Fig. 5

Summaries of dosimetric parameters for OARs. A, B) Summary of dosimetric parameters for the lung; C) Summary of dosimetric parameters for the heart; D) Summary of dosimetric parameters for the esophagus; E) Summary of dosimetric parameters for the trachea; F) Summary of dosimetric parameters for the skin; G) Summary of dosimetric parameters for the spinal cord

/f/fulltexts/JCB/37429/JCB-11-37429-g005_min.jpg

The volume of GTVL (VGTVL) surrounded by the prescribed dose had a significant correlation with irradiation time weighted by 192Ir source activity (T), the length of insertion into GTVL (L), distance (D), and number of applicators (N). The corresponding correlation coefficients (r) were 0.873, 0.690, 0.712, and 0.659, respectively (all p < 0.05). Therefore, multivariate linear regression analysis was used to fit the experimental data. The following formula was obtained:

VGTVL = Bc + B0 ×T + B1 × L + B2× D + B3× N(1)

where B0, B1, B2, and B3 were – 27.909, 0.003, 5.625, 5.128, and 3.085, respectively. The r-squared value was 0.822 (p < 0.0001) for the formula.

Discussion

A phase 3 randomized trials compared SBRT with surgery and revealed that SBRT might lead to better overall survival than surgery for operable stage I NSCLC. Lower survival after surgery might be due to comorbidities worsened by the surgical reduction of lung function [11]. SBRT requires more precise equipment to manage the tumor movement, especially respiratory movements [12,13,14]. For the SABT technique, the radioactive source and tumor are aligned in a fixed position, resulting in less movement of the applicator relative to the target tumor site even during spontaneous respiration. Therefore, we studied the safety, efficacy, and dosimetric of SABT to assess how it can provide support for the subsequent clinical application of SABT in peripheral lung cancer.

From the patient responses indicated in Table 2, SABT with coplanar template assistance was a safe treatment. For each additional 1 Gy of BED, local recurrence risk decreased by 3%, and the risk of mortality decreased by 4% [15]. If the BED is more than 100 Gy, the local control rate will be more than 80% [16,17,18,19]. In this study, BED of GTVL reached 120 Gy, so it achieved good CR, PR, and LC.

In our previous study, SABT was performed by freehand; the mean insertion time per applicator was 13.7 minutes. Inserting the applicator directly into GTVL for SABT requires skilled operators to perform the treatment and to reduce the incidence of complications generated by the procedure [20]. In present study, formula (1) shows that the length and number of applicators inserted into GTVL increase with the volume of GTVL. Thus, we added coplanar template and applied pre-SABT plan to assist the applicators insertion and reduce the impact of the surgeon’s experience on the efficacy of SABT. Pre-SABT plan enables determination of the optimal number and location of the applicators in the coplanar template, such that the dose for the target area meets a standard requirement, and spares lower dose to OARs. Coplanar template can realize one-time insertion of the applicator, reduce CT scan times, control the number and location of the applicator, and improve SABT efficiency. Therefore, the mean insertion time per applicator was 6.5 minutes, decreased by 52.6% compared to the freehand applicator insertion. We guided the applicator insertion using the coplanar template and applied the pre-SABT plan, which effectively reduced the time required for applicator to insert GTVL; the surrounding tissue may develop high pressure edema after SABT. These factors may be related to lower incidence of pneumothorax in this study. Further studies should focus on establishing standard SABT operating system to facilitate clinical applications.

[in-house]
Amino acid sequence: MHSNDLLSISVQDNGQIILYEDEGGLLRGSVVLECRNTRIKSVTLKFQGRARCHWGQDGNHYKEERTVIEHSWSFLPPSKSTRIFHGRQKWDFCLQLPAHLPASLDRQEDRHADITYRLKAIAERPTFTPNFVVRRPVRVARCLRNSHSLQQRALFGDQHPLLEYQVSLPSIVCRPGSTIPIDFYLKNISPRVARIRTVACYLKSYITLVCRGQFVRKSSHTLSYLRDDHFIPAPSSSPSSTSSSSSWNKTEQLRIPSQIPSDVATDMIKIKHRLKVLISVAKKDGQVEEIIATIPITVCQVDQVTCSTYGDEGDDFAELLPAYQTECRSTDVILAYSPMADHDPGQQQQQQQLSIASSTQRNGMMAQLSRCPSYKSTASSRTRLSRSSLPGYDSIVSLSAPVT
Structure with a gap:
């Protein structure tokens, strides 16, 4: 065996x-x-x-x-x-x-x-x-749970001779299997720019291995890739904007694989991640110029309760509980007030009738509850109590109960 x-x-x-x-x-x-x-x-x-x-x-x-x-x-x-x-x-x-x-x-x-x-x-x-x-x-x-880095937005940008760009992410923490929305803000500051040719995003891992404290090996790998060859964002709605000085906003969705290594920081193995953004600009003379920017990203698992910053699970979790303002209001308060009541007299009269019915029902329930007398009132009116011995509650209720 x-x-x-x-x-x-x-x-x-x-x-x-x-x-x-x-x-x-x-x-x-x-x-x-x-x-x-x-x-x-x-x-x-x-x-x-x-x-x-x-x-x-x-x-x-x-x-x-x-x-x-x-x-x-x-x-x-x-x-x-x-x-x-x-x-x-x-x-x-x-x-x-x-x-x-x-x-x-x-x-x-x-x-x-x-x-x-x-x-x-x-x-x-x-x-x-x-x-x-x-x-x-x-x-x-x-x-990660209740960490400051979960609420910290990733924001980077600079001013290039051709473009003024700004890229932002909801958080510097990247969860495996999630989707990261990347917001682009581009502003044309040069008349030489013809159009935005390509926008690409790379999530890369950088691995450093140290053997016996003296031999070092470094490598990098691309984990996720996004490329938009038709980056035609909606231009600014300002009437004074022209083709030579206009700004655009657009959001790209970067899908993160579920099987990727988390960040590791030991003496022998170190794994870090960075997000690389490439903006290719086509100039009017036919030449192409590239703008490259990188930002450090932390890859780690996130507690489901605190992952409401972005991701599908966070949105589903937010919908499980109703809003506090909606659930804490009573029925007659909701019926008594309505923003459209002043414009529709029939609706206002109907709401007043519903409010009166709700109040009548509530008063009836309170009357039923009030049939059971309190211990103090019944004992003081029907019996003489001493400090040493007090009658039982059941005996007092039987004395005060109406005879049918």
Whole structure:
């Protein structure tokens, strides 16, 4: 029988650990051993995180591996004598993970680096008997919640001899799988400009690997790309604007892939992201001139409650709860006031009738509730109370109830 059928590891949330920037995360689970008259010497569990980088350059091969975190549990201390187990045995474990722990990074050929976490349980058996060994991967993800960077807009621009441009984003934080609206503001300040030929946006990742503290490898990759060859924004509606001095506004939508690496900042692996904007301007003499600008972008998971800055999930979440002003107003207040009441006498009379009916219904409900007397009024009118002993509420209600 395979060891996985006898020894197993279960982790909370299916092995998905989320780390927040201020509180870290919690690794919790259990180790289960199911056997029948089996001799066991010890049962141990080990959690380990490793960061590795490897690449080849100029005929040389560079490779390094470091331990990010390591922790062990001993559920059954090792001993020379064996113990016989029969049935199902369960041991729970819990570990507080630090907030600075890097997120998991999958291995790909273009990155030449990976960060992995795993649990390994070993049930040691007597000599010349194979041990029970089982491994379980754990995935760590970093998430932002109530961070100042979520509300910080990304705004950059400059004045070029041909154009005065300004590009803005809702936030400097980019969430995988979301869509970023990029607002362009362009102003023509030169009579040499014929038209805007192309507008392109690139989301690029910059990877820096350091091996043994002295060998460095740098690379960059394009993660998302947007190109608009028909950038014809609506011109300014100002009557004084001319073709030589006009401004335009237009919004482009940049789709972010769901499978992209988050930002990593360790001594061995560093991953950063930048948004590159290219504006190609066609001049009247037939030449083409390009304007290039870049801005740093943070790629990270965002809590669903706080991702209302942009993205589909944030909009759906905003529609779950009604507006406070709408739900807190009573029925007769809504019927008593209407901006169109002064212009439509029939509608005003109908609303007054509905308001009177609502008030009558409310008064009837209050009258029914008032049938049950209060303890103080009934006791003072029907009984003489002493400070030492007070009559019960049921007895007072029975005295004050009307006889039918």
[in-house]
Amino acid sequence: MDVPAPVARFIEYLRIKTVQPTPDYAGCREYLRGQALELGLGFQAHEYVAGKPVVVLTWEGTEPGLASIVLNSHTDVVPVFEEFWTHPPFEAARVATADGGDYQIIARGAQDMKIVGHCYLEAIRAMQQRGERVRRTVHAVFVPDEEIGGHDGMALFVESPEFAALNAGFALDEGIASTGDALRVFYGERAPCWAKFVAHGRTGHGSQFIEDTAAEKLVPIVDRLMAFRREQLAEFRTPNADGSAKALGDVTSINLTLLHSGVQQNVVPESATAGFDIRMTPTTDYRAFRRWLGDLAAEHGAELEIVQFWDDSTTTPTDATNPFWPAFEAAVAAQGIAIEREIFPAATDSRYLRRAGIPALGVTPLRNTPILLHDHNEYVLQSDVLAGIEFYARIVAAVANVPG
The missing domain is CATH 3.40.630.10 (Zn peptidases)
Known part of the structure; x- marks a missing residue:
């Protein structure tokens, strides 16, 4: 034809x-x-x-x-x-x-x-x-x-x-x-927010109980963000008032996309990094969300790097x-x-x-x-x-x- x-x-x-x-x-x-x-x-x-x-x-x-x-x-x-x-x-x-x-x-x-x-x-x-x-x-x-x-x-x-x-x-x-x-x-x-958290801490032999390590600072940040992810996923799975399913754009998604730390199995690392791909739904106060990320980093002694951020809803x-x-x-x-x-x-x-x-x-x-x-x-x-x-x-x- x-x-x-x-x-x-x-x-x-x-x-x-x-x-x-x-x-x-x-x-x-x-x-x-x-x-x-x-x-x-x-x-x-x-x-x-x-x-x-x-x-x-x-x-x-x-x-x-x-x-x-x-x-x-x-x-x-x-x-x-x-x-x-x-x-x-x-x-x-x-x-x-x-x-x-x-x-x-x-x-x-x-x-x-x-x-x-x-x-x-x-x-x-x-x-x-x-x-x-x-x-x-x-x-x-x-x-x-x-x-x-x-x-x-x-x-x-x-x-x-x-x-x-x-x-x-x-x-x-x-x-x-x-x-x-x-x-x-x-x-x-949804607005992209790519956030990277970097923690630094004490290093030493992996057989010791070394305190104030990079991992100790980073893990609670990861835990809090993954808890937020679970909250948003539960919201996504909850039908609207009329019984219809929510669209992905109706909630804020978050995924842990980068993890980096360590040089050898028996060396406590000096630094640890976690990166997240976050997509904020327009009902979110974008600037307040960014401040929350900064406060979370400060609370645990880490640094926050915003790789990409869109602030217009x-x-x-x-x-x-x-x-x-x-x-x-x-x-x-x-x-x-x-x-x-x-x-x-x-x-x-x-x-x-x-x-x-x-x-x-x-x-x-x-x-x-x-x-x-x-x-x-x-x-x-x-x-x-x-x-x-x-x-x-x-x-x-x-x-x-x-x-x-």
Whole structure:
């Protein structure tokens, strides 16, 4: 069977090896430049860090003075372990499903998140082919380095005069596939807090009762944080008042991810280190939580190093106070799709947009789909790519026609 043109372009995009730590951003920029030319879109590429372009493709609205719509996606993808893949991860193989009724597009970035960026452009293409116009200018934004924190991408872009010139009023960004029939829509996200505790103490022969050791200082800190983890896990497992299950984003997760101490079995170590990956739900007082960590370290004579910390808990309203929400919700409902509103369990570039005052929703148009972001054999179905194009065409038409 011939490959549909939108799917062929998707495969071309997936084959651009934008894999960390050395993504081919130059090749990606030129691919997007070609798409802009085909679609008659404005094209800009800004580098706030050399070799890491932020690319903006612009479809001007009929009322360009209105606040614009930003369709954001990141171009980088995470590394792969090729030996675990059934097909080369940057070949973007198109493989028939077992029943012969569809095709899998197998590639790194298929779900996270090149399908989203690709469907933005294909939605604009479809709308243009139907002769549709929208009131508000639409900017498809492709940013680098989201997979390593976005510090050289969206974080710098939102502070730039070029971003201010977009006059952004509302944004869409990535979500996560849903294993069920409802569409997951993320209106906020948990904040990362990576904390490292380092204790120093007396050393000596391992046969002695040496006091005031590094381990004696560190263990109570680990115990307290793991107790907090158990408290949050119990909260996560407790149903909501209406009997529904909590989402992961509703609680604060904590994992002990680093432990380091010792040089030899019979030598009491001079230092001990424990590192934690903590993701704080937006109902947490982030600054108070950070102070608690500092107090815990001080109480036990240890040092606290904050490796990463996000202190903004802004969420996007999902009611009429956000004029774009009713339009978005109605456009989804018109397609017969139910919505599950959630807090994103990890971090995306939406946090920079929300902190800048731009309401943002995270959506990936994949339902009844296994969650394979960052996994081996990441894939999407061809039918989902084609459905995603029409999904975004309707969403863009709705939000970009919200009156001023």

Following the law of inverse squared ratio, the dose profile of SABT formed super-high dose peak for GTVL, and the dose fell more rapidly outside the tumor target area compared to that with SBRT (Figure 3D, E), resulting in a higher dose in the tumor target and a lower dose in OARs. A recent study using virtual brachytherapy plan in a single fraction to GTVL indicated comparable dosimetric parameters between brachytherapy and SBRT [21]. Our data based on realistic brachytherapy plan showed that there were no statistically significant differences in the D95% for the lung tumor target between SABT and SBRT plans (all p > 0.05). Dmean and V150 for the lung tumor target were significantly higher for SABT than for SBRT (all p < 0.01), demonstrating a significant dose escalation of SABT within lung tumor targets. For OARs, D1000 cm3 and D1500 cm3 for the lung in 1, 3, and 5 fractions showed no statistical difference between SABT and SBRT (all p > 0.05). The remaining dosimetric parameters including the heart, esophagus, trachea, and spinal cord in SABT were significantly lower than those in SBRT (all p < 0.01).

Conclusions

SABT is a safe and effective treatment for peripheral lung cancer and after assisted with coplanar template, its operational efficiency and accuracy greatly improve. Compared to SBRT, SABT can deliver a comparable prescription dosage, higher Dmean and V150 within the lung tumor target, while markedly limiting the dose to OARs. Our findings warrant generalization and application for peripheral lung cancer treatment.

Acknowledgments

This work was supported by the grants from the National Natural Science Foundation of China (No. 81201682), the Scientific Research Foundation of the Luzhou Science and Technology Bureau (No. 2016LZXNYD-J05), and the Southwest Medical University Foundation (No. 201617).

Ethics approval and consent to participate

This study was approved by the Research Ethics Committee of Affiliated Hospital of Southwest Medical University and in accordance with the 1964 Helsinki declaration and its later amendments or comparable ethical standards. Written informed consent was obtained from all individual participants included in the study.

Trial registration

Chinese Clinical Trials Register No.: ChiCTR-ONC-12002715, 2012-11-23. Registered 23 November 2018, http://www.chictr.org.cn/showprojen.aspx?proj=6839.

Availability of data and material

The datasets used and analyzed during the study are available from the corresponding author on reasonable request.

Funding

This work was supported by the grants from the National Natural Science Foundation of China (No. 81201682), the Scientific Research Foundation of the Luzhou Science and Technology Bureau (No. 2016LZXNYD-J05), and the Southwest Medical University Foundation (No. 201617).

Disclosure

Authors report no conflict of interest.